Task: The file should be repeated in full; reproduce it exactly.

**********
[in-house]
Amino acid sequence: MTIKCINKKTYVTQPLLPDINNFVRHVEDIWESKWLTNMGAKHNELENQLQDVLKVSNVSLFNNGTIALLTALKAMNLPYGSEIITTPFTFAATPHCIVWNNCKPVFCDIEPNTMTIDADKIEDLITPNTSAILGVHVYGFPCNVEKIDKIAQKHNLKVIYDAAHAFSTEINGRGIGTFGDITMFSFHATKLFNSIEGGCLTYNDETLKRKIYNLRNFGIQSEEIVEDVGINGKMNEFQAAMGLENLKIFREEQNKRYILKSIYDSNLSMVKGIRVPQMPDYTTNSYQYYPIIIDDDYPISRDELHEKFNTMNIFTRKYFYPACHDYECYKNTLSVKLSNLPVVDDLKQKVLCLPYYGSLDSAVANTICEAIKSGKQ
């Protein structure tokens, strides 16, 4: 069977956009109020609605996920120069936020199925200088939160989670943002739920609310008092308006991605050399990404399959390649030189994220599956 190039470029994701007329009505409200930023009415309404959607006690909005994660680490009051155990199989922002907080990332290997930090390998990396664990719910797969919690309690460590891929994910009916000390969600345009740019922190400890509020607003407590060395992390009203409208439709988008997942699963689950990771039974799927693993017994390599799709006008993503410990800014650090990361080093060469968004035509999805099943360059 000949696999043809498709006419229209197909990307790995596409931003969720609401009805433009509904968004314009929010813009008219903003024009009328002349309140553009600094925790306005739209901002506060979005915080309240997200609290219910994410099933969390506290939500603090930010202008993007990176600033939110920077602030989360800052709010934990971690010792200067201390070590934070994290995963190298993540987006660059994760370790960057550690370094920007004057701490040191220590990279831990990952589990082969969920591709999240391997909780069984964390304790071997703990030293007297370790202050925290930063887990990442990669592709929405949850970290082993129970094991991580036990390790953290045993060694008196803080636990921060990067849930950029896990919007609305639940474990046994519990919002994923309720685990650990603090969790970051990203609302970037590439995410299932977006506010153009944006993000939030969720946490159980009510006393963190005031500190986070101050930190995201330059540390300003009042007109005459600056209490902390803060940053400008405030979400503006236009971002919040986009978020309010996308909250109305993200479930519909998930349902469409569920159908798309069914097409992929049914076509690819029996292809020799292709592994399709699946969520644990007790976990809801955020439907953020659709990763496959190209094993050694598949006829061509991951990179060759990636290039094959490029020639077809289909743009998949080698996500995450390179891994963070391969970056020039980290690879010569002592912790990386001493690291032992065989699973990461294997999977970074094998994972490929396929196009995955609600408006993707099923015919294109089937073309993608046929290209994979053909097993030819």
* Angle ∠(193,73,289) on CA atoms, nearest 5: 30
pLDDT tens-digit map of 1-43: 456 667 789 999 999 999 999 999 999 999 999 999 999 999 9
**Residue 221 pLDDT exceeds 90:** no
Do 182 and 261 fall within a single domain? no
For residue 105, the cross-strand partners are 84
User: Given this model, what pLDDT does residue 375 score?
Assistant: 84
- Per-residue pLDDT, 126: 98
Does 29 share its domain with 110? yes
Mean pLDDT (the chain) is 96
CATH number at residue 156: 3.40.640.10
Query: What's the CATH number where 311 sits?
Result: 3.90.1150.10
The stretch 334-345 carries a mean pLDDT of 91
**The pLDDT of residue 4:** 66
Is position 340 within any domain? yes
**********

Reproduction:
[in-house]
Amino acid sequence: MTIKCINKKTYVTQPLLPDINNFVRHVEDIWESKWLTNMGAKHNELENQLQDVLKVSNVSLFNNGTIALLTALKAMNLPYGSEIITTPFTFAATPHCIVWNNCKPVFCDIEPNTMTIDADKIEDLITPNTSAILGVHVYGFPCNVEKIDKIAQKHNLKVIYDAAHAFSTEINGRGIGTFGDITMFSFHATKLFNSIEGGCLTYNDETLKRKIYNLRNFGIQSEEIVEDVGINGKMNEFQAAMGLENLKIFREEQNKRYILKSIYDSNLSMVKGIRVPQMPDYTTNSYQYYPIIIDDDYPISRDELHEKFNTMNIFTRKYFYPACHDYECYKNTLSVKLSNLPVVDDLKQKVLCLPYYGSLDSAVANTICEAIKSGKQ
């Protein structure tokens, strides 16, 4: 069977956009109020609605996920120069936020199925200088939160989670943002739920609310008092308006991605050399990404399959390649030189994220599956 190039470029994701007329009505409200930023009415309404959607006690909005994660680490009051155990199989922002907080990332290997930090390998990396664990719910797969919690309690460590891929994910009916000390969600345009740019922190400890509020607003407590060395992390009203409208439709988008997942699963689950990771039974799927693993017994390599799709006008993503410990800014650090990361080093060469968004035509999805099943360059 000949696999043809498709006419229209197909990307790995596409931003969720609401009805433009509904968004314009929010813009008219903003024009009328002349309140553009600094925790306005739209901002506060979005915080309240997200609290219910994410099933969390506290939500603090930010202008993007990176600033939110920077602030989360800052709010934990971690010792200067201390070590934070994290995963190298993540987006660059994760370790960057550690370094920007004057701490040191220590990279831990990952589990082969969920591709999240391997909780069984964390304790071997703990030293007297370790202050925290930063887990990442990669592709929405949850970290082993129970094991991580036990390790953290045993060694008196803080636990921060990067849930950029896990919007609305639940474990046994519990919002994923309720685990650990603090969790970051990203609302970037590439995410299932977006506010153009944006993000939030969720946490159980009510006393963190005031500190986070101050930190995201330059540390300003009042007109005459600056209490902390803060940053400008405030979400503006236009971002919040986009978020309010996308909250109305993200479930519909998930349902469409569920159908798309069914097409992929049914076509690819029996292809020799292709592994399709699946969520644990007790976990809801955020439907953020659709990763496959190209094993050694598949006829061509991951990179060759990636290039094959490029020639077809289909743009998949080698996500995450390179891994963070391969970056020039980290690879010569002592912790990386001493690291032992065989699973990461294997999977970074094998994972490929396929196009995955609600408006993707099923015919294109089937073309993608046929290209994979053909097993030819």
* Angle ∠(193,73,289) on CA atoms, nearest 5: 30
pLDDT tens-digit map of 1-43: 456 667 789 999 999 999 999 999 999 999 999 999 999 999 9
**Residue 221 pLDDT exceeds 90:** no
Do 182 and 261 fall within a single domain? no
For residue 105, the cross-strand partners are 84
User: Given this model, what pLDDT does residue 375 score?
Assistant: 84
- Per-residue pLDDT, 126: 98
Does 29 share its domain with 110? yes
Mean pLDDT (the chain) is 96
CATH number at residue 156: 3.40.640.10
Query: What's the CATH number where 311 sits?
Result: 3.90.1150.10
The stretch 334-345 carries a mean pLDDT of 91
**The pLDDT of residue 4:** 66
Is position 340 within any domain? yes